Early harvested soybeans in Brazil are beginning to reach the export terminals. It’s rumored that the majority of these bushels are destined for China following a purchase of 25-30 cargoes from Chinese buyers. These bushels out of Brazil come at a substantial discount to U.S. soybeans as prices fell in Brazil following news of positive discussions between U.S. and Chinese negotiators. After calculating all costs involved including tariffs, its estimated U.S. soybeans into China cost around $14.50 per bushel compared to Brazilian soybeans which are roughly $11.50 per bushel. Once the 25% tariffs are lifted U.S. soybeans will then become $2.75 per bushel cheaper to import than those from Brazil.
Parana is the second largest soybean state in Brazil and they have now cut their 2018-19 soybean production estimate from 19.1 to 16.8 million tons with 15% of the harvest completed. First crop corn output in the state was also reduced this month from 3.2 to 3.1 million tons, 2nd crop corn production was held steady at 12.7 million tons with 17% of that crop now planted.
Keep in mind that the soybean crop in Brazil is shrinking by the day. Since there has been no updated production estimates from the USDA for almost 2 months the current estimate for Brazilian production sits at a record large number. Many analysts now believe that this seasons production will likely be similar to their 2016/17 crop year. This would mean totals closer to 114 to 116 MMT’s vs the current (un-updated) USDA estimate of 122 MMT’s. The graphic below from the Van Trump Report shows the 1/22/2019 WASDE estimate (which has not been updated with new data) in comparison to totals over the past 10 production seasons.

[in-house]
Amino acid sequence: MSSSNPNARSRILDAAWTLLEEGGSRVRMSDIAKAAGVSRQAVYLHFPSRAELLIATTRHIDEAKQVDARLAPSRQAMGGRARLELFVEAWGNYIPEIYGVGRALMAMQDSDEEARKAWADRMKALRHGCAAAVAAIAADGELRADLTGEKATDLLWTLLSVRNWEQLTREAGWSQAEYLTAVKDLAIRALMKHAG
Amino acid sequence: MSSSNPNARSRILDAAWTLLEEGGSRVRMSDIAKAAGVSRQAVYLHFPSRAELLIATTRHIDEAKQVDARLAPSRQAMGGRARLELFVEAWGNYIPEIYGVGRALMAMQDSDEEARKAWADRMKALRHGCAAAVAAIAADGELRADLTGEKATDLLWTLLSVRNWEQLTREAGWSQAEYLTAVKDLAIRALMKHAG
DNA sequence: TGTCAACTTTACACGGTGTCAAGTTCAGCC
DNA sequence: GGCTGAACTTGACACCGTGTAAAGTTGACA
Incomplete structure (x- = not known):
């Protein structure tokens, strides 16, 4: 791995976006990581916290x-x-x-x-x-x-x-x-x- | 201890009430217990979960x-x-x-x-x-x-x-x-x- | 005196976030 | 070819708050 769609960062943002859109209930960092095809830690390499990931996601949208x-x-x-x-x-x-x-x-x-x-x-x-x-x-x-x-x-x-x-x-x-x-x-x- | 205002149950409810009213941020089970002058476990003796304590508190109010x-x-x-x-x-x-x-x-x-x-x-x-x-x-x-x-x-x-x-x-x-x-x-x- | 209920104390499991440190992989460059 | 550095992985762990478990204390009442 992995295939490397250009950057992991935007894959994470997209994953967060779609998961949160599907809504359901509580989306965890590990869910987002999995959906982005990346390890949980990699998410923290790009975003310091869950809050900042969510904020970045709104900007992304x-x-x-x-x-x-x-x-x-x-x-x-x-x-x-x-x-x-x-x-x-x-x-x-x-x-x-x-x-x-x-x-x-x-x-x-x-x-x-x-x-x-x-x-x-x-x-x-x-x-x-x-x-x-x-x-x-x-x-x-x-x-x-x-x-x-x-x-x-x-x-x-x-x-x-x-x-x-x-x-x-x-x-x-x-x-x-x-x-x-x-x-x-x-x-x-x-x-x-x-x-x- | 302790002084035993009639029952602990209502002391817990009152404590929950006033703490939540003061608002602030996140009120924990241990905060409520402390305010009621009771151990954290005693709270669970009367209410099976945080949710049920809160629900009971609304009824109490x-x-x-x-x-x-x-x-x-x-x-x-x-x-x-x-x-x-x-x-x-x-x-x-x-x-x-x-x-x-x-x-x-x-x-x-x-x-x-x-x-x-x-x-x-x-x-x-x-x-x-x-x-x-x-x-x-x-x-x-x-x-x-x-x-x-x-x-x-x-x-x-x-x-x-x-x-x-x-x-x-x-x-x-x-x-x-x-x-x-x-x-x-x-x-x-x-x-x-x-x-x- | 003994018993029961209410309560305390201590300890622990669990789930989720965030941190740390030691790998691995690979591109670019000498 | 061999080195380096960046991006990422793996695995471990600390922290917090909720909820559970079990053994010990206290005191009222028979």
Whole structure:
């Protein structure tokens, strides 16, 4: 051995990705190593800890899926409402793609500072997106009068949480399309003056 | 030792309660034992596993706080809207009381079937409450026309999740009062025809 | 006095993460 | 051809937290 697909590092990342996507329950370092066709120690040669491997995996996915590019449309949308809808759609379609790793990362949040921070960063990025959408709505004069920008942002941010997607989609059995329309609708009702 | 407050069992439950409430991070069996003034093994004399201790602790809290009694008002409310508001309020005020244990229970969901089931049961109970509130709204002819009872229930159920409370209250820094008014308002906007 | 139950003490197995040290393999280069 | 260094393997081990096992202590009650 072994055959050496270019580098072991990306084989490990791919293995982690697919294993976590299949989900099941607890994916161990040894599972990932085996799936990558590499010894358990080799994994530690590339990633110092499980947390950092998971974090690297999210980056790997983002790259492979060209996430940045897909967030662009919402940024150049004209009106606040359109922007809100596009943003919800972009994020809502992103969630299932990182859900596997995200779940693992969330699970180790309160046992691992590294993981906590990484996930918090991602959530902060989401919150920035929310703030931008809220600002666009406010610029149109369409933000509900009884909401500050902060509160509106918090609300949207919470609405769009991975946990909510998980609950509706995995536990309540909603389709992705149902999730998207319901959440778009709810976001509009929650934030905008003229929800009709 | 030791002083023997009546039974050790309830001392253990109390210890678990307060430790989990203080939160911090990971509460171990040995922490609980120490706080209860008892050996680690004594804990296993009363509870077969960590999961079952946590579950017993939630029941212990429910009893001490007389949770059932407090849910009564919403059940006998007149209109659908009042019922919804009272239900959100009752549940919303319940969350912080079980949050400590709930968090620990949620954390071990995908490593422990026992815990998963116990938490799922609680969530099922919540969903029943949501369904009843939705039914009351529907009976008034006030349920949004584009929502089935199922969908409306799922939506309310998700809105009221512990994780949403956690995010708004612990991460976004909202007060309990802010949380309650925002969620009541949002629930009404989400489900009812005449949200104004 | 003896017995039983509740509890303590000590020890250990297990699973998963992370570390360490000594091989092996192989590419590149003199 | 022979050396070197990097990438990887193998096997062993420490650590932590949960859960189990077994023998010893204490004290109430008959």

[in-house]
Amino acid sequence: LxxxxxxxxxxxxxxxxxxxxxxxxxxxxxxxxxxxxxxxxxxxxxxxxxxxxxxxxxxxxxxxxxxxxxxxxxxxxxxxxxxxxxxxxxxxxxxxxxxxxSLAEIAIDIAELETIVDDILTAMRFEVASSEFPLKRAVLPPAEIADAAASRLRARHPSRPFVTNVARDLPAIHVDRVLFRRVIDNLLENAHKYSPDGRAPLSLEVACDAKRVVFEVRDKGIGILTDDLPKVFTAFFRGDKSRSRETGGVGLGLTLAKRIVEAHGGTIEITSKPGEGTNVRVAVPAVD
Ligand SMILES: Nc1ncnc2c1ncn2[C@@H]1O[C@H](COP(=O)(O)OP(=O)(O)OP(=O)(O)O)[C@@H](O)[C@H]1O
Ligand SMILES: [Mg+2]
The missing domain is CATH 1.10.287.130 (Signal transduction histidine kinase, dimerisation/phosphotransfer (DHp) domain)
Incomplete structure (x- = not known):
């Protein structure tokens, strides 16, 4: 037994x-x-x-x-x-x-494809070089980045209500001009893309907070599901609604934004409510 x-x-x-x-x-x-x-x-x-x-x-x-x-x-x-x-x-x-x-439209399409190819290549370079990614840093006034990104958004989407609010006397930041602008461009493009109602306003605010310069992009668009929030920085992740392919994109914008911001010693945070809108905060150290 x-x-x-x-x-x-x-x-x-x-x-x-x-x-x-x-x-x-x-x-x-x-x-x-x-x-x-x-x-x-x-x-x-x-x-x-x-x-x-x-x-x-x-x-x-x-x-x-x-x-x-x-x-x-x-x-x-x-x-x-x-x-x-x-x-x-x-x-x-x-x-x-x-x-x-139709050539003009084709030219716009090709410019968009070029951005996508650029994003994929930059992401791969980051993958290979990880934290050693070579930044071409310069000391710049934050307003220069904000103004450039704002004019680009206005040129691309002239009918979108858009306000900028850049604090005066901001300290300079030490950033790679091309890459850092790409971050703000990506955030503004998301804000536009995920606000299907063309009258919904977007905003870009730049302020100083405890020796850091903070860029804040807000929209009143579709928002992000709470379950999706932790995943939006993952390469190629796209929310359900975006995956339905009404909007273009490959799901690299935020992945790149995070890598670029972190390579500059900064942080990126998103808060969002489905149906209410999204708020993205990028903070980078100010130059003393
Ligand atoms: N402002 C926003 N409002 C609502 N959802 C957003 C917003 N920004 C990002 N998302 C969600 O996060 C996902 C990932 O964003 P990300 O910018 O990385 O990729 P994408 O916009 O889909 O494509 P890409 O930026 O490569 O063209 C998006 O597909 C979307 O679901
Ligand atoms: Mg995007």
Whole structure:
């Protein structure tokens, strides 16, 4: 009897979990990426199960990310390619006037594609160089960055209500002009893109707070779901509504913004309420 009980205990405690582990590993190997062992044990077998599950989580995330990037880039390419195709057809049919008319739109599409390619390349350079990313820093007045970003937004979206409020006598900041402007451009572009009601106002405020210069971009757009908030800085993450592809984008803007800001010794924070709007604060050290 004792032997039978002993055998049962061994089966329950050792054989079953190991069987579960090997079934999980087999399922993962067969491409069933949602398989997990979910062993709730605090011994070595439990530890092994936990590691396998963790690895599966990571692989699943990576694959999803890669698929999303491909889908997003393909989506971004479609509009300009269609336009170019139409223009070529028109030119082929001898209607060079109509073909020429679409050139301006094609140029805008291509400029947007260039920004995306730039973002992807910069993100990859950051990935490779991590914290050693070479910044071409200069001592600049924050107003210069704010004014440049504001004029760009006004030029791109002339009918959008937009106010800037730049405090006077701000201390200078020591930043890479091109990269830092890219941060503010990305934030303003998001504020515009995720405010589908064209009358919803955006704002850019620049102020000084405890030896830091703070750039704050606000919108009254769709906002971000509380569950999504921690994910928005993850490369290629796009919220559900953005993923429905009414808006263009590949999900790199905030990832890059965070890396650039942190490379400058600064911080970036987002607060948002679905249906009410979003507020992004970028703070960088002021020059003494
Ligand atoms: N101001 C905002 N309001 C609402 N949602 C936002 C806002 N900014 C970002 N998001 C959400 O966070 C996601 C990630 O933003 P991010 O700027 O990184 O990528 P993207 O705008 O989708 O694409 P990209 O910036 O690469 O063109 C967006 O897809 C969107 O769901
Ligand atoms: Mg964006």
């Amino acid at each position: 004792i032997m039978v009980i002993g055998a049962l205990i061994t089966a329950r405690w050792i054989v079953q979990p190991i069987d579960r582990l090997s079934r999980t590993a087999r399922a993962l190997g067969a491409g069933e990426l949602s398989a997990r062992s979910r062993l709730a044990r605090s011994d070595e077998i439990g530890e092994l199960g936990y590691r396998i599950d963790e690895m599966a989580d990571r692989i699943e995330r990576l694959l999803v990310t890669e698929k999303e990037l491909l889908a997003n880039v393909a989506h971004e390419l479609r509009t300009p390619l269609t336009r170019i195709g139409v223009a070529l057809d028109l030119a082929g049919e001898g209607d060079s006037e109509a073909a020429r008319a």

The first billion dollar weather event of the New Year is occuring in Argentina. Many parts of the country are dealing with flooding caused by 3 weeks of torrential rainfall. More than 5.9 million acres of soybeans are submerged with agricultural losses listed at $2 billion according to Coninagro.
The Australian Government Bureau of Meteorology has reduced their expectations for the formation of an El Niño weather pattern to 50%. The previous 2 months the Bureau gave El Niño a 70% chance of developing due to sea surface temps reaching El Niño levels but other critical factors like trade-winds never developed.
Several rounds of Arctic air are expected to push into the U.S. through early February. Widespread sub- zero temperatures are predicted for the Midwest but they are not alone, below normal temps are also forecast for much of the U.S. as shown in the first map below.
The maps below indicate the outlook for the entire month of February.